VICTORIA -- British Columbians will head to polls in a snap election next month, three years after the ruling NDP formed a minority government in the province.

Premier John Horgan announced the Oct. 24 general election in a live news conference Monday after asking the lieutenant-governor to dissolve parliament.

"I've struggled mightily with this decision and it did not come easily to me," Horgan said from outside his Langford home.

While B.C. has a fixed election date set for October 2021, the premier said waiting another 12 months would hamper government efforts to deal with the COVID-19 pandemic.

"This pandemic will be with us for a year or more and that is why I believe we need to have an election now," Horgan said. "To wait for the next election seems to me like time wasted when we could all be rolling up our sleeves and focusing on the things that matter most to British Columbians."

Horgan's popularity with voters has soared during the pandemic, attaining the highest approval rating of any Canadian premier, according to one poll last month

A similar survey conducted in July found Horgan garnered the highest reviews of any B.C. political leader in the last eight years.

As of Monday, however, seven of the premier's cabinet ministers have announced they will not run in the coming election.

Among them are Transportation Minister Claire Trevena; Finance Minister Carole James; Jobs and Economic Development Minister Michelle Mungall; Social Development Minister Shane Simpson; Indigenous Relations Minister Scott Fraser; Mental Health and Addictions Minister Judy Darcy; and Doug Donaldson, Minister of Forests, Lands and Natural Resources.

BC Liberal Leader Andrew Wilkinson responded Monday to the premier's election call, saying Horgan's decision puts "politics over people."

"We've got a government that is cynical enough to put us through a general election in the middle of a pandemic," Wilkinson said in a live news conference.

Horgan had used part of his announcement Monday to take an early jab at the Opposition, saying he expected the Liberals to focus on the "wealthy and well-connected" instead of everyday British Columbians.

Horgan's minority government was forged out of an agreement with the BC Green Party in 2017.

The premier said the arrangement with the Greens has changed after former Green leader Andrew Weaver stepped down from the position in January.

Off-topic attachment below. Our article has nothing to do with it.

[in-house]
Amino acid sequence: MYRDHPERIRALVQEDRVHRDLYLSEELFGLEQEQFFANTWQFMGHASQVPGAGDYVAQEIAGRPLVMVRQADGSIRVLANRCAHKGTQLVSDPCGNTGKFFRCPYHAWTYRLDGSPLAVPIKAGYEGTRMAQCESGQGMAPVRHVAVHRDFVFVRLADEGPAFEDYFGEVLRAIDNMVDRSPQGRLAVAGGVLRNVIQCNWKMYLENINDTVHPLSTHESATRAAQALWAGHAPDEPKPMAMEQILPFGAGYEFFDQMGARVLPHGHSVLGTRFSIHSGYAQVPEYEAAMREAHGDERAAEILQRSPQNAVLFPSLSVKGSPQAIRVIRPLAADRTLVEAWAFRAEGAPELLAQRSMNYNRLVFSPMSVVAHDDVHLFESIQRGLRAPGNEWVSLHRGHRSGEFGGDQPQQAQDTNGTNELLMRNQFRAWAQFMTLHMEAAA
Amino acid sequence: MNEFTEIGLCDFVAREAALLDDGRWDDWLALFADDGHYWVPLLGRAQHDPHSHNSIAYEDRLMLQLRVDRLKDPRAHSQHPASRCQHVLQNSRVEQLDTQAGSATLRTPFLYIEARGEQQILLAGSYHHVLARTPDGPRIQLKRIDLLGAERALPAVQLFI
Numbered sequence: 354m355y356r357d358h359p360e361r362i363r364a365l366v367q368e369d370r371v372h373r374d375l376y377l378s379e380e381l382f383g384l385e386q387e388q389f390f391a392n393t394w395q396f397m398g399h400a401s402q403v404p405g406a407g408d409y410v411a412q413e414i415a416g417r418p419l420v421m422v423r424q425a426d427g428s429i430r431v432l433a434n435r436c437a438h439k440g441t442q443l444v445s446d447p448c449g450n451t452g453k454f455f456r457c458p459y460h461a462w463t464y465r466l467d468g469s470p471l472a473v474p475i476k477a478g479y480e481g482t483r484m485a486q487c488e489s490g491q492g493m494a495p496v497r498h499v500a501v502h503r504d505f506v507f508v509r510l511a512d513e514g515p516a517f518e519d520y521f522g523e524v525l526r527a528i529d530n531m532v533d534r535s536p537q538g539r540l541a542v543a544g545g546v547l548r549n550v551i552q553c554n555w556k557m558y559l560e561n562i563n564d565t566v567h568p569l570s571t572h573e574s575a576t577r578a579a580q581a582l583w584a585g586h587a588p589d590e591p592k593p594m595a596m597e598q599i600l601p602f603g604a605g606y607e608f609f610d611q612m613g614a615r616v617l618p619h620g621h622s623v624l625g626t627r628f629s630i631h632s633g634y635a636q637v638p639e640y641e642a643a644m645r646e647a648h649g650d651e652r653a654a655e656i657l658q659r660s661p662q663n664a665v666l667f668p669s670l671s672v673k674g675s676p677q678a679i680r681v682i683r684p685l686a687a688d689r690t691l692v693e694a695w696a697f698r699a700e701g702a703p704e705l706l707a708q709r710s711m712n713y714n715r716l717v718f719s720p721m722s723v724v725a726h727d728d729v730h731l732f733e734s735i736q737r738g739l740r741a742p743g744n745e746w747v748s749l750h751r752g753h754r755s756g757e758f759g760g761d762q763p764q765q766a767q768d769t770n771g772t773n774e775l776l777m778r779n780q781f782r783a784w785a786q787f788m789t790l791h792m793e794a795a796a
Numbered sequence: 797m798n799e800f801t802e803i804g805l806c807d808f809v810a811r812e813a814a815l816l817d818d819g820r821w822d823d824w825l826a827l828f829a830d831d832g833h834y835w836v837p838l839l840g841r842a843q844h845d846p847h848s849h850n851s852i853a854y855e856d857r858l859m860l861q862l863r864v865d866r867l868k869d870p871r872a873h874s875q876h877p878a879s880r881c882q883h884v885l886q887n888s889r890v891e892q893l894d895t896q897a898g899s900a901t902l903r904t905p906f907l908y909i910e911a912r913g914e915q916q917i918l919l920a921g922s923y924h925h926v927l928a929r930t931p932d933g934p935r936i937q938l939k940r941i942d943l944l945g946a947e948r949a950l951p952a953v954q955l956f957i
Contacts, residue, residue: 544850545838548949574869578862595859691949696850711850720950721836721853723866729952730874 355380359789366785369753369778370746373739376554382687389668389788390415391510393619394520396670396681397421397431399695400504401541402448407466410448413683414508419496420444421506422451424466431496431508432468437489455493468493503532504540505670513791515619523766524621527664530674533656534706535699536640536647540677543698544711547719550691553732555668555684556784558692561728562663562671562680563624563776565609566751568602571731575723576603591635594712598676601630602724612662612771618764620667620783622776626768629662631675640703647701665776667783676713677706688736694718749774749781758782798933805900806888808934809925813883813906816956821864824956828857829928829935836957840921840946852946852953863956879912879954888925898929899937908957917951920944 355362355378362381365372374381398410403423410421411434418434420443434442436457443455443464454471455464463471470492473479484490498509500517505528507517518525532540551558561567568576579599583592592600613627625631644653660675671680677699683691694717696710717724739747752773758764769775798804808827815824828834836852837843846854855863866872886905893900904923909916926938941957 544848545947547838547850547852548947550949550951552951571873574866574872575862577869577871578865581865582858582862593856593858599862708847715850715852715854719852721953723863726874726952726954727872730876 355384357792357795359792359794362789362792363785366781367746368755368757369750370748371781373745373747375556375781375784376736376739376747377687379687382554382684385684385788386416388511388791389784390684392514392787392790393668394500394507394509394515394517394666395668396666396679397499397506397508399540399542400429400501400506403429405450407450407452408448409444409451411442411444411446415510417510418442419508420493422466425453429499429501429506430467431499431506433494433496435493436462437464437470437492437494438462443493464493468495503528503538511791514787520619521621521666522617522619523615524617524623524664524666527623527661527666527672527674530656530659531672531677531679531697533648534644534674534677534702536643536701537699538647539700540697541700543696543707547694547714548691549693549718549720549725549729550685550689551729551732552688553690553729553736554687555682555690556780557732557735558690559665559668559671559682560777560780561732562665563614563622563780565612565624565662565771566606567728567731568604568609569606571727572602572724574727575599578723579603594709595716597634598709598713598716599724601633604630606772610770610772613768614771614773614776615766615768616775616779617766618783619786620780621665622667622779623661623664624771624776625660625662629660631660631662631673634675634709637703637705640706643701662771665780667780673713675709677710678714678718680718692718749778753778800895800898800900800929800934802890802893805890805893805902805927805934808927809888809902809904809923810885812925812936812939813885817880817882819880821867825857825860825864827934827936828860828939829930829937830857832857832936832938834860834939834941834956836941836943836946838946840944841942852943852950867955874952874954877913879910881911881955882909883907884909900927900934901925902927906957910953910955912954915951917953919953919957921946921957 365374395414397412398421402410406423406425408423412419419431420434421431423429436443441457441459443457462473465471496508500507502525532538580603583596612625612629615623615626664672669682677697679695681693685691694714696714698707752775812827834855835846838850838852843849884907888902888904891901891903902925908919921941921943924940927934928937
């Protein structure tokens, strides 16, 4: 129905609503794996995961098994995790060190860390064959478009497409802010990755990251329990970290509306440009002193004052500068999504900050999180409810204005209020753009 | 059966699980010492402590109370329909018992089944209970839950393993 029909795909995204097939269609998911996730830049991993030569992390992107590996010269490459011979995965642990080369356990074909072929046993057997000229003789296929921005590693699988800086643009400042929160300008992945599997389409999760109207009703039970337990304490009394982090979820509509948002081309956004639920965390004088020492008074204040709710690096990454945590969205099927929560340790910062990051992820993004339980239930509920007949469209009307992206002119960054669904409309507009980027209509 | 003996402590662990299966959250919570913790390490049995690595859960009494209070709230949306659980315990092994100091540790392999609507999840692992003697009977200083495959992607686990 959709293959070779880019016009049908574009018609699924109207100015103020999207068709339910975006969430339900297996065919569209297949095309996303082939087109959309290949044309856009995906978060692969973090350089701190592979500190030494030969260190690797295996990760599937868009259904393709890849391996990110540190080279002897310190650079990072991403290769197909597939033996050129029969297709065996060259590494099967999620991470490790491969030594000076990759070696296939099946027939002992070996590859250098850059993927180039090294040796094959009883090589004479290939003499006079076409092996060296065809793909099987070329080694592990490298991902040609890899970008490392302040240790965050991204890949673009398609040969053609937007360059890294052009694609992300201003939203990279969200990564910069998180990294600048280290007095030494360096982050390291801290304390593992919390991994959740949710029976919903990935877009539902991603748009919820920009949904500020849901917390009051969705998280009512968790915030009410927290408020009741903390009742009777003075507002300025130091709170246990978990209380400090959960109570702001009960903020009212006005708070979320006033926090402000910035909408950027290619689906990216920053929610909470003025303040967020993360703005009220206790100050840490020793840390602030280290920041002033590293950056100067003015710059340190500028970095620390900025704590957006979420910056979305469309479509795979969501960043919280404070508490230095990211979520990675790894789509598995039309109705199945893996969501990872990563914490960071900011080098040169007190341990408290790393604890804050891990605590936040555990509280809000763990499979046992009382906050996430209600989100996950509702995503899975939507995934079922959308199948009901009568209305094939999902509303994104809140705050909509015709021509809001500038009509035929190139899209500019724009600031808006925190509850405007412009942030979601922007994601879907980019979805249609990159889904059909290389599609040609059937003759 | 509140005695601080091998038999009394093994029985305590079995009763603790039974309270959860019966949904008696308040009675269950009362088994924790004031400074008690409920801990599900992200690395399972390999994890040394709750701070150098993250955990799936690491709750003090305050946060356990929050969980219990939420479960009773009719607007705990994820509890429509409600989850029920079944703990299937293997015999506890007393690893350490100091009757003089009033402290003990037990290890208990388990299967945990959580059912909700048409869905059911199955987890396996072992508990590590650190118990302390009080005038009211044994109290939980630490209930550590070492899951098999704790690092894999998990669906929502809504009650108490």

The NDP and Liberals were tied with 41 seats each when the legislature was dissolved by Lt.-Gov. Janet Austin. The Greens held two seats, while two more were held by Independents and one seat was vacant.

'There is no legitimate justification for this election'

Newly minted Green Leader Sonia Furstenau on Monday accused Horgan of pursuing political power over protecting the health and safety of British Columbians with his election call during the pandemic.

"As British Columbians are continuing to make sacrifices due to COVID-19, Horgan is choosing his own political fortunes over doing his job to serve them," said Furstenau, who was elected to lead the party on Sept. 14.

"There is no legitimate justification for this election," the Green leader added. "The premier has a stable government. I met with him on Friday and made it clear that we were willing to continue to work together in the best interest of British Columbians. This election call is blatantly about the NDP seeing an opportunity - even in the midst of a pandemic - to put their own self interest ahead of yours."

Over the coming 32-day campaign, Carole James, who also serves as the deputy premier, will act as the "stay-behind minister" in Horgan's place.

"There is not a person in British Columbia that I have more confidence in than her," Horgan said. "I am sure that she will administer the government of British Columbia to meet the needs of British Columbians as issues arise in a way that will do us all proud."

The premier said early voting and mail-in ballots will be encouraged during the election and said his campaign will "fully comply with public health directions" during the ongoing coronavirus pandemic.

The Oct. 24 general voting day is a Saturday. Advanced voting will be held at polls across the province between Oct. 16 and Oct. 21.